Seriously ill patients kept waiting

By Martin Johnston

Thousands of Aucklanders in emergency departments did not see a doctor within the recommended time.

Zachary Gravatt. Photo / Supplied
Zachary Gravatt. Photo / Supplied

Tens of thousands of Aucklanders have had to wait longer than they should to see a doctor for serious injuries and illnesses at the region's emergency departments.

The delays last year are revealed in compliance figures for the five "triage" or urgency categories. The policy specifies what percentage of patients should begin treatment within certain times.

All patients in category one - those at immediate risk of death from conditions such as cardiac arrest - were always treated with no delay, as required.

But the figures, obtained under the Official Information Act, show many others with serious conditions waited longer than the maximum times set down in the triage policy of the Australasian College of Emergency Medicine.

At Middlemore Hospital last year, about 3900 patients in category two waited longer than 10 minutes, nearly 1500 more than would have been the case had the policy had been met.

Triage two includes patients with an imminently life-threatening condition, such as serious chest pain likely to be from a heart attack.

In triage three, nearly 37,100 waited more than 30 minutes at Middlemore, almost 25,000 more than allowed for in the policy.

Triage three includes those with potentially life-threatening conditions, such as moderately severe blood loss.

The other non-complying hospitals' performances were mostly better than Middlemore's, although similar numbers of patients waited longer than the recommended times.

The Starship was the stand-out, meeting triage one and bettering all other requirements.

Auckland District Health Board chief executive Ailsa Claire highlighted the median time for triage two adults to be seen by a doctor at Auckland Hospital - seven minutes, compared with the recommended maximum of 10 minutes for 80 per cent of patients.

She said doctor and clinical nurse specialist numbers had been boosted and this had reduced the median times in triage three to 38 minutes, and triage four to 59 minutes.

"Other initiatives are being planned to ensure all patients are seen within recommended times."

Auckland's three district health boards reported near-universal compliance with the Government's six-hour length-of-stay target for emergency departments.

Professor Michael Ardagh, the Ministry of Health's "champion" for the target that 95 per cent of emergency department patients are admitted, discharged or transferred within six hours of their arrival, said the triage system had become less important.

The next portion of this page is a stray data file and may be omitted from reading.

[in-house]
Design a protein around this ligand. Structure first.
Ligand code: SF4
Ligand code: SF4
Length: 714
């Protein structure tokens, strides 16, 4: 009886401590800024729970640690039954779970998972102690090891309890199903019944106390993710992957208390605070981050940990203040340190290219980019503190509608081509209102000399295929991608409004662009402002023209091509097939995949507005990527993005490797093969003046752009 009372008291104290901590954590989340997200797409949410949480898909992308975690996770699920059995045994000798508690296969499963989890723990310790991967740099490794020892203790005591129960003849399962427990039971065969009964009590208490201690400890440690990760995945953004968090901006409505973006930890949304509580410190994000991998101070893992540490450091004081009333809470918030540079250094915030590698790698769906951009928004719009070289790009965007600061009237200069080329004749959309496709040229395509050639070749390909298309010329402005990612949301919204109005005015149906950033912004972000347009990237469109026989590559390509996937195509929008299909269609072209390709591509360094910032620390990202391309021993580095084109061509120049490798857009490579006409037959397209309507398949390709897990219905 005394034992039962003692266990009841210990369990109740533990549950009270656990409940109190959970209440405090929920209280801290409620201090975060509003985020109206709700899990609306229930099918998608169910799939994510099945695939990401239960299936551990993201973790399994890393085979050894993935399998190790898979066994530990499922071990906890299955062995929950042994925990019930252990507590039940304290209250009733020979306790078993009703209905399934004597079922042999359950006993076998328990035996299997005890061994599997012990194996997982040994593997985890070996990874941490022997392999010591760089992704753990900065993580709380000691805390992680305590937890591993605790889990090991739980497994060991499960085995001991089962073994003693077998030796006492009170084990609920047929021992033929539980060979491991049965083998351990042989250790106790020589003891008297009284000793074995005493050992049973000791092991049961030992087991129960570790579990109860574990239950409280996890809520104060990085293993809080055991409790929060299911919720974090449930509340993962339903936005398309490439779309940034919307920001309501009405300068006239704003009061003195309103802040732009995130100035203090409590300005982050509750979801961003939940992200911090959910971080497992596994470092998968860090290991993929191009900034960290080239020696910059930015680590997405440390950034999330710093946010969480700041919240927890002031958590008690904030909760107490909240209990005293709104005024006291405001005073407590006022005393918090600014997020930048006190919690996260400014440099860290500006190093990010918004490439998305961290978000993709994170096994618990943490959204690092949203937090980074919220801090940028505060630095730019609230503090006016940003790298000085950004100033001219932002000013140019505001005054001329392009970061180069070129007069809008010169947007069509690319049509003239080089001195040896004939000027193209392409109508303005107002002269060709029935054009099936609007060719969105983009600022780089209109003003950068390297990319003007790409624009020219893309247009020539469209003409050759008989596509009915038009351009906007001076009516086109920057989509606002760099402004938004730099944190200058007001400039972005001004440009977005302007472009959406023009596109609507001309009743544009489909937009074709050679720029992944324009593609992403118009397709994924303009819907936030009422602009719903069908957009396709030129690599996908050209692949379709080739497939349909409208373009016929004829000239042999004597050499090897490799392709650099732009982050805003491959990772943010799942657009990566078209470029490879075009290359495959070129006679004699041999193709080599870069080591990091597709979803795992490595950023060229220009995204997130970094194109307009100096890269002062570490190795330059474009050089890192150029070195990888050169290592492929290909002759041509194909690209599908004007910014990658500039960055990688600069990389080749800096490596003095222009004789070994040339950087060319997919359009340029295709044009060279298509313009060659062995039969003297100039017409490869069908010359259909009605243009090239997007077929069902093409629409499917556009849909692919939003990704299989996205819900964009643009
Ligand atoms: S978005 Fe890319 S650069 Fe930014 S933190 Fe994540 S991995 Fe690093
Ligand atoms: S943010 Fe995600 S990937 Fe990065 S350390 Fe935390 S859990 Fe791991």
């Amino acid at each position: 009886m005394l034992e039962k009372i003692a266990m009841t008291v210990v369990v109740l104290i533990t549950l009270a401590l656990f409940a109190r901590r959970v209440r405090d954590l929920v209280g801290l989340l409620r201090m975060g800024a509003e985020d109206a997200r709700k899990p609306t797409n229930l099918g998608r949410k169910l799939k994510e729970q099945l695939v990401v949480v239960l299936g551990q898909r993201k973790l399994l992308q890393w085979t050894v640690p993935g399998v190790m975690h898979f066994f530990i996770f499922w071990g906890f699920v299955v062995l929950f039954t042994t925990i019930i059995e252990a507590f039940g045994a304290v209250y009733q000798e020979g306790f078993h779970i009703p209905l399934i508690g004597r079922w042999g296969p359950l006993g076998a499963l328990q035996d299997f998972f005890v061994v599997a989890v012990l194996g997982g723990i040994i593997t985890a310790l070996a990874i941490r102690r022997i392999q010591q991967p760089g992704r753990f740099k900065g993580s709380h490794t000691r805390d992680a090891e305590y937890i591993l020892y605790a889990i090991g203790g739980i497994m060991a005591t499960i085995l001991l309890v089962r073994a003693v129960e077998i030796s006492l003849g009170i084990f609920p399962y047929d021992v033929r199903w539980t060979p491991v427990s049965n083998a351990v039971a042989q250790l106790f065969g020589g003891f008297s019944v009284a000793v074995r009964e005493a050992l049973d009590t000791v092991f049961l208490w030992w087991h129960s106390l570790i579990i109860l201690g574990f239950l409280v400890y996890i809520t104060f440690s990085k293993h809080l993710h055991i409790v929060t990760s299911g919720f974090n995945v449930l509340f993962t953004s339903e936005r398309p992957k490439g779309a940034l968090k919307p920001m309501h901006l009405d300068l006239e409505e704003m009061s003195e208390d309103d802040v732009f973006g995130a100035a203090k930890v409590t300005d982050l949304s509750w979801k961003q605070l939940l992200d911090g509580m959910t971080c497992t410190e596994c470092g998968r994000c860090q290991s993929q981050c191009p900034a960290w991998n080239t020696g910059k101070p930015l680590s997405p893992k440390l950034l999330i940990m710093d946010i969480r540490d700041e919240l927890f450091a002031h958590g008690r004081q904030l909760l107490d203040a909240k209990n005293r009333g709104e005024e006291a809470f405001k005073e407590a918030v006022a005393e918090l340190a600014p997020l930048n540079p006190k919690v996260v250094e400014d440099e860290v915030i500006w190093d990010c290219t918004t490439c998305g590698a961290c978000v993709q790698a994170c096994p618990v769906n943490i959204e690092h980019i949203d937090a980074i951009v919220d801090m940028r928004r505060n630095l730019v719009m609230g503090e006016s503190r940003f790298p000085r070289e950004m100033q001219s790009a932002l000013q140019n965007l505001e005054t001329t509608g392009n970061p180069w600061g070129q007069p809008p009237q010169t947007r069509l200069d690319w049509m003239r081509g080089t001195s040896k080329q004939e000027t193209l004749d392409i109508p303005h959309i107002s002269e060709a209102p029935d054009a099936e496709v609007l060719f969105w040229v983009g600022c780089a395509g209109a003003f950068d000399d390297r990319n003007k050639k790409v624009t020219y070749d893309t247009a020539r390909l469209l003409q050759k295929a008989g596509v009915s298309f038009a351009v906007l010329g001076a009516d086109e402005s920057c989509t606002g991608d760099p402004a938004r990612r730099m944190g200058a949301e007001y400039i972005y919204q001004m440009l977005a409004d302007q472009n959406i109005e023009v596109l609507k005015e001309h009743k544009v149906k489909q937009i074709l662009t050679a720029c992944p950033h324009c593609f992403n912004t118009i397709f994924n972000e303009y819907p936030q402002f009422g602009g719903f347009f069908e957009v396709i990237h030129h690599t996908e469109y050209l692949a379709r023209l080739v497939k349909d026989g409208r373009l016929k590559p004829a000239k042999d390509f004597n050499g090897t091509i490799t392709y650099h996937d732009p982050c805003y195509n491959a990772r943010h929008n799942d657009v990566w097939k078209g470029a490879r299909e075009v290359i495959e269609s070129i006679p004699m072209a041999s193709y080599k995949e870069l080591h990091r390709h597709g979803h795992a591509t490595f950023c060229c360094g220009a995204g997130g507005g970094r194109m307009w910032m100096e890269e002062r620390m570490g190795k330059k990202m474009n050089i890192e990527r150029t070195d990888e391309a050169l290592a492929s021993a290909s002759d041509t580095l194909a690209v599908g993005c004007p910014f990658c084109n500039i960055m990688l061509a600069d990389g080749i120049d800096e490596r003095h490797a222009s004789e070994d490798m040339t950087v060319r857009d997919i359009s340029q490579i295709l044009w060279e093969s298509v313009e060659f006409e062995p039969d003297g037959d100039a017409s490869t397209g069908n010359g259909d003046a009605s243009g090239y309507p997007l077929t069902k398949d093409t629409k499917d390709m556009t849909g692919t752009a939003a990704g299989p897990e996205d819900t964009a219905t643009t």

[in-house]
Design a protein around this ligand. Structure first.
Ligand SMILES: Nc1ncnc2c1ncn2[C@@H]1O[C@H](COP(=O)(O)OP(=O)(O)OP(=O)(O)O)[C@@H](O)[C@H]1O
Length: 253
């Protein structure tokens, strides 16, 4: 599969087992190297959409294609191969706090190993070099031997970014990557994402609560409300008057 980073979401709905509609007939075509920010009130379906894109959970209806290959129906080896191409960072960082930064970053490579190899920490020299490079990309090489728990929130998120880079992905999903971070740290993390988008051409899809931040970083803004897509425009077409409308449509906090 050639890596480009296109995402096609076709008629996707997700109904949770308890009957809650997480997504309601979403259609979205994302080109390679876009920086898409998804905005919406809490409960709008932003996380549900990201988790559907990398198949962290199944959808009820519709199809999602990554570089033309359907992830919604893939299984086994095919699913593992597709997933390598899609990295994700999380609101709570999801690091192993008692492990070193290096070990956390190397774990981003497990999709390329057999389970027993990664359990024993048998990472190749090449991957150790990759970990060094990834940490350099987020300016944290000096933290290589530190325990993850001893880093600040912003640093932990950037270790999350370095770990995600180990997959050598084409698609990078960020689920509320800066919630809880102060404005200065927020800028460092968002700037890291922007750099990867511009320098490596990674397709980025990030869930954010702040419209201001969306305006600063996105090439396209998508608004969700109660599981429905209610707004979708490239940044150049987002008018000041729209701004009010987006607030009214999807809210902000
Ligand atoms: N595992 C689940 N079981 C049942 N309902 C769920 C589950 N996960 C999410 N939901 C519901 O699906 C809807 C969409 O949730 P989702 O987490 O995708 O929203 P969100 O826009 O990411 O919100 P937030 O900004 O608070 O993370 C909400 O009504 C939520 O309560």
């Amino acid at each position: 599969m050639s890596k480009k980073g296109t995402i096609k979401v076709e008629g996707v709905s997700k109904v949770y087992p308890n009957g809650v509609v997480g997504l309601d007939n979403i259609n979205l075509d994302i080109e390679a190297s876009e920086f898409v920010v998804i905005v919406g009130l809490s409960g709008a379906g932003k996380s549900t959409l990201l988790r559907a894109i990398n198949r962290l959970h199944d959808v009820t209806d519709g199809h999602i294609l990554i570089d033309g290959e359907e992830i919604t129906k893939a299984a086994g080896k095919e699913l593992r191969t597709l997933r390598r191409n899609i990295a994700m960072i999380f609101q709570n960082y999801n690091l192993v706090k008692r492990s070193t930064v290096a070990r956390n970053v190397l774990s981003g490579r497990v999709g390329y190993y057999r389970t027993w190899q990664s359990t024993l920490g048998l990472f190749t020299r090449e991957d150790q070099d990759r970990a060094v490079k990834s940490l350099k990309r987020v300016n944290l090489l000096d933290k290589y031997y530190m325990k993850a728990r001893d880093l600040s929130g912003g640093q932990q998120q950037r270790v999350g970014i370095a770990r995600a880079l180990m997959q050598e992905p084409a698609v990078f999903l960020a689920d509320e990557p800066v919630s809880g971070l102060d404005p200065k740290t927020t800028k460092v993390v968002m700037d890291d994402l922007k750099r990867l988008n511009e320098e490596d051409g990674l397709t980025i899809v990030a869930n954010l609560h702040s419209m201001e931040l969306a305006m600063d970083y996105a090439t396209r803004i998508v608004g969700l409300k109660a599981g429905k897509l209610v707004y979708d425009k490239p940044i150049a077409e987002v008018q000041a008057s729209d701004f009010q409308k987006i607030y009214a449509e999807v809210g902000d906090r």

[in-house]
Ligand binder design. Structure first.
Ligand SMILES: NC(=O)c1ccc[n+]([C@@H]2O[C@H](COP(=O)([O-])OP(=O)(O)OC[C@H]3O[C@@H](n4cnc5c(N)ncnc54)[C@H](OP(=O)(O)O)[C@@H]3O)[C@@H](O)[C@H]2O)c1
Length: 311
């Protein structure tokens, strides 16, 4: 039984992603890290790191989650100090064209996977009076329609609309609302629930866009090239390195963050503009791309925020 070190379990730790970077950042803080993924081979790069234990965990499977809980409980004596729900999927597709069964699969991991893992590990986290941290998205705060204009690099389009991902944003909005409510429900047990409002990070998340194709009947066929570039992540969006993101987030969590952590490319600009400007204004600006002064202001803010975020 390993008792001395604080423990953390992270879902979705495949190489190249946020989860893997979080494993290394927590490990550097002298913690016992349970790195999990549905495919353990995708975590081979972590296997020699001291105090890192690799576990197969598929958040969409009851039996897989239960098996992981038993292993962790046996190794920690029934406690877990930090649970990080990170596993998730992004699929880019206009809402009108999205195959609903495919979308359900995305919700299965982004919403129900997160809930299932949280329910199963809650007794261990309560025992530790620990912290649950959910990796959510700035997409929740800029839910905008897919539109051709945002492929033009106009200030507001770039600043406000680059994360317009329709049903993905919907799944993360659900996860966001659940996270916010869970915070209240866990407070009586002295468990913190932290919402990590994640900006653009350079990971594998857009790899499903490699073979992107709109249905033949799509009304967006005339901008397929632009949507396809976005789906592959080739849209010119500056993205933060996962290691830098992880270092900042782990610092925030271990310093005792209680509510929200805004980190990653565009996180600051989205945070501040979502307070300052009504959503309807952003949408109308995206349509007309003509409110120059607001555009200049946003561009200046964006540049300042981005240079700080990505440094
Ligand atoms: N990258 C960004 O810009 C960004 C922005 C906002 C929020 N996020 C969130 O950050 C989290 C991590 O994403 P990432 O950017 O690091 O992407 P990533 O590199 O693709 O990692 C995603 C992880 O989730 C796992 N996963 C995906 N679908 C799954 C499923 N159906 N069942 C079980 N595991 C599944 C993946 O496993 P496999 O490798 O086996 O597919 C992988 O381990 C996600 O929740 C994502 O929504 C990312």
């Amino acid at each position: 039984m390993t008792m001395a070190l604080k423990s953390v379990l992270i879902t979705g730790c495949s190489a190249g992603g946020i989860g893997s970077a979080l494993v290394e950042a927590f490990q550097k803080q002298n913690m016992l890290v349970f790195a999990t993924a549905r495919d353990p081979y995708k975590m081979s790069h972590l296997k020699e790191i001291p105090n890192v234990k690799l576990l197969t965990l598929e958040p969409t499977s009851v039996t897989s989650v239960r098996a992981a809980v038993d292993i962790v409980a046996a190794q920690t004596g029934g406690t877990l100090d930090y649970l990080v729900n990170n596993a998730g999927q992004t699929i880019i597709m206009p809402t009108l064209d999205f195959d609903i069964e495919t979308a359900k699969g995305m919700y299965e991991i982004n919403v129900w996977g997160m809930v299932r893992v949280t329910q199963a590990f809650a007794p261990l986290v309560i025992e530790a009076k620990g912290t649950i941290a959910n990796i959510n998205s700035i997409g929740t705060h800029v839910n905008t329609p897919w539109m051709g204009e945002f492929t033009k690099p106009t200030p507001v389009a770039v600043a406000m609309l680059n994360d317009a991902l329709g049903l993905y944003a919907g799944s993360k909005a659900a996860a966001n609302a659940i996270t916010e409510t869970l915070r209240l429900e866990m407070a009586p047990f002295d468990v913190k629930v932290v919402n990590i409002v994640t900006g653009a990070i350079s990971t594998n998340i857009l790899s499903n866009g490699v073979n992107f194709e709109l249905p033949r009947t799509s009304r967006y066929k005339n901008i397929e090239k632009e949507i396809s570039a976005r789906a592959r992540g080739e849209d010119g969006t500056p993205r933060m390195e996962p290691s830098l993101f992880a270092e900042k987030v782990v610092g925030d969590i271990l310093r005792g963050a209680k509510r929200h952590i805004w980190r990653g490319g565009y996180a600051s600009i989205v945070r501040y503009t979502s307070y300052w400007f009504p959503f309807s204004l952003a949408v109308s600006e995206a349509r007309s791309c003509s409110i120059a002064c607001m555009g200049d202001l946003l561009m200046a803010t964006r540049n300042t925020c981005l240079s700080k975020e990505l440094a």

Emergency departments had moved from having a single queue to dividing patients into different areas depending on their needs.

Labour's health spokeswoman, Annette King, said the delays raised concerns about the welfare of patients. She was also concerned that the quarterly hospital benchmark reports were no longer available.

She saw nothing wrong with having the current emergency department target, but said it was becoming "a tick-box political measure".

Health Minister Tony Ryall said the six-hour target was introduced on the advice of senior clinicians.

"Increasingly, Australian hospitals are adopting a very similar ED target to New Zealand."

Delays may have been factor in death

Zachary Gravatt Zachary Gravatt may in part have been a victim of delays in triage at Auckland City Hospital.

He died there in 2009, aged 22, of blood poisoning and organ failure caused by meningococcal C bacteria.

Mr Gravatt died within six hours of his admission to hospital. He was at first diagnosed with influenza and the cause of his illness was not detected until it was too late to save him.

At 1.35pm on July 8, 2009, he arrived at hospital. At 1.43pm, he was assigned to triage category three by a nurse at the emergency department. At 3.30pm, he was seen by a doctor, coroner Brandt Shortland has written. The maximum wait time for this category is supposed to be 30 minutes.

A Nelson specialist in emergency medicine, Dr Andrew Munro, reviewing the case for ACC, identified failures in Mr Gravatt's care.

"Medical assessment took place more than 90 minutes outside of expired time for triage."

- NZ Herald

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